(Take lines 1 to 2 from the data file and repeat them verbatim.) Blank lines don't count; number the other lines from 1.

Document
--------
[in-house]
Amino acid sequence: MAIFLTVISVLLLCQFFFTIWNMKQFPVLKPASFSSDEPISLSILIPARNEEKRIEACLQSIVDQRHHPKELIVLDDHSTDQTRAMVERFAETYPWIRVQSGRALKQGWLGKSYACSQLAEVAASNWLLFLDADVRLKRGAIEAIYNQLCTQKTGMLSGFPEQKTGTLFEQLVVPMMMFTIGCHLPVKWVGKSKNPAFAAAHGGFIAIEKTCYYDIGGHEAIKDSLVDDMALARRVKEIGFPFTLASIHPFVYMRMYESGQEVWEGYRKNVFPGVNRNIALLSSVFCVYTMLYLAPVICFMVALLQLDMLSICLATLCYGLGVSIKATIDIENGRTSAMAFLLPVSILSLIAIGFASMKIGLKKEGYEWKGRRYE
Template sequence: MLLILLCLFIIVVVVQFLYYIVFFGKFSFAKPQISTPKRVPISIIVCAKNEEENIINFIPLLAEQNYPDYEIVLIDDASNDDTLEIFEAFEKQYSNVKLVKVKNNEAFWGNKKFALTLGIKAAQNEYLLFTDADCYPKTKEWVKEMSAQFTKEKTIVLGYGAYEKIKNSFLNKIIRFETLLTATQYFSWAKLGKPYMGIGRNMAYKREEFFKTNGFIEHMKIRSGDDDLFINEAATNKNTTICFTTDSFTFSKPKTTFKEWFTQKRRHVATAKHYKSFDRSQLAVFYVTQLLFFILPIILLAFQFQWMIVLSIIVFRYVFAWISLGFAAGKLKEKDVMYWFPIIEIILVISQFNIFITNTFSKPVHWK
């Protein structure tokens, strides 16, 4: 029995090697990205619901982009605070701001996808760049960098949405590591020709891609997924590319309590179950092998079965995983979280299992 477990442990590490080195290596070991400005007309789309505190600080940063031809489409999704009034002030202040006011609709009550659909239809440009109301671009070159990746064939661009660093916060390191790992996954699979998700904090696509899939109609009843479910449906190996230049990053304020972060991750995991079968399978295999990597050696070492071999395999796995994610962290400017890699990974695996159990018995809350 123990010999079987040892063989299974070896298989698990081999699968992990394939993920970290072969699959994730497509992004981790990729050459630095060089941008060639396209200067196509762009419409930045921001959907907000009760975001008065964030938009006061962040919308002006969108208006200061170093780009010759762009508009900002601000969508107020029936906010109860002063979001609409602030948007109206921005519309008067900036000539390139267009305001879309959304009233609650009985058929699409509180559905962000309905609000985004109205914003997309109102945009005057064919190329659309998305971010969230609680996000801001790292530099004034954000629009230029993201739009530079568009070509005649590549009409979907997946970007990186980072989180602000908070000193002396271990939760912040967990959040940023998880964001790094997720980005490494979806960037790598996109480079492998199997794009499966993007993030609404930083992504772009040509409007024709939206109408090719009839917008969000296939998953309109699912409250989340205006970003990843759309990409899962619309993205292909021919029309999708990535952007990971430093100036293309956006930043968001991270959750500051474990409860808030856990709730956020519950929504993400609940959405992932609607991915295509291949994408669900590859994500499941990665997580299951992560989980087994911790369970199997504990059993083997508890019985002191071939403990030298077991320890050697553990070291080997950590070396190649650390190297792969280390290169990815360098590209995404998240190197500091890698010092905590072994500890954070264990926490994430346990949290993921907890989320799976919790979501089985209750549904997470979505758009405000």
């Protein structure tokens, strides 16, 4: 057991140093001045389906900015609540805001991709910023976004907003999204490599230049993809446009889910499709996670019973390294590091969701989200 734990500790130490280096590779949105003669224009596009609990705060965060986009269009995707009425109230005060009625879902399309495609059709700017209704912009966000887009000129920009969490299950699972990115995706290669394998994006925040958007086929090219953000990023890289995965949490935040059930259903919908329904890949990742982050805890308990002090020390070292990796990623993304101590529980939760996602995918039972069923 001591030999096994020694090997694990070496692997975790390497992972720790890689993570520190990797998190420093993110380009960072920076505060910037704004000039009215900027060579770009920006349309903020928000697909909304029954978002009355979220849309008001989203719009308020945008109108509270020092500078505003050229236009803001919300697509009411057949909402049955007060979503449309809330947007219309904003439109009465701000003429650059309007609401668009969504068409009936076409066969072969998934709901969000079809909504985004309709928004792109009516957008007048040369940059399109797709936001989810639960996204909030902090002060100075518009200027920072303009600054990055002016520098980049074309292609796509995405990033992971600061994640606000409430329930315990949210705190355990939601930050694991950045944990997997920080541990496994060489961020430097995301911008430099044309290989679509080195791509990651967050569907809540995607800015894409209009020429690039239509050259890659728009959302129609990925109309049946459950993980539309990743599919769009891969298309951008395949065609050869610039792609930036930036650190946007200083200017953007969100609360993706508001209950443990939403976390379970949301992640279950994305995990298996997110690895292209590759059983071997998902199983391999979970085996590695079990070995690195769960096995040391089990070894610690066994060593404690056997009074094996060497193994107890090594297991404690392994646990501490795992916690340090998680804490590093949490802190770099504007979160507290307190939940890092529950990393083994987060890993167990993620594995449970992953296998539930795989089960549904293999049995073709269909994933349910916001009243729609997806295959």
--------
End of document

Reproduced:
[in-house]
Amino acid sequence: MAIFLTVISVLLLCQFFFTIWNMKQFPVLKPASFSSDEPISLSILIPARNEEKRIEACLQSIVDQRHHPKELIVLDDHSTDQTRAMVERFAETYPWIRVQSGRALKQGWLGKSYACSQLAEVAASNWLLFLDADVRLKRGAIEAIYNQLCTQKTGMLSGFPEQKTGTLFEQLVVPMMMFTIGCHLPVKWVGKSKNPAFAAAHGGFIAIEKTCYYDIGGHEAIKDSLVDDMALARRVKEIGFPFTLASIHPFVYMRMYESGQEVWEGYRKNVFPGVNRNIALLSSVFCVYTMLYLAPVICFMVALLQLDMLSICLATLCYGLGVSIKATIDIENGRTSAMAFLLPVSILSLIAIGFASMKIGLKKEGYEWKGRRYE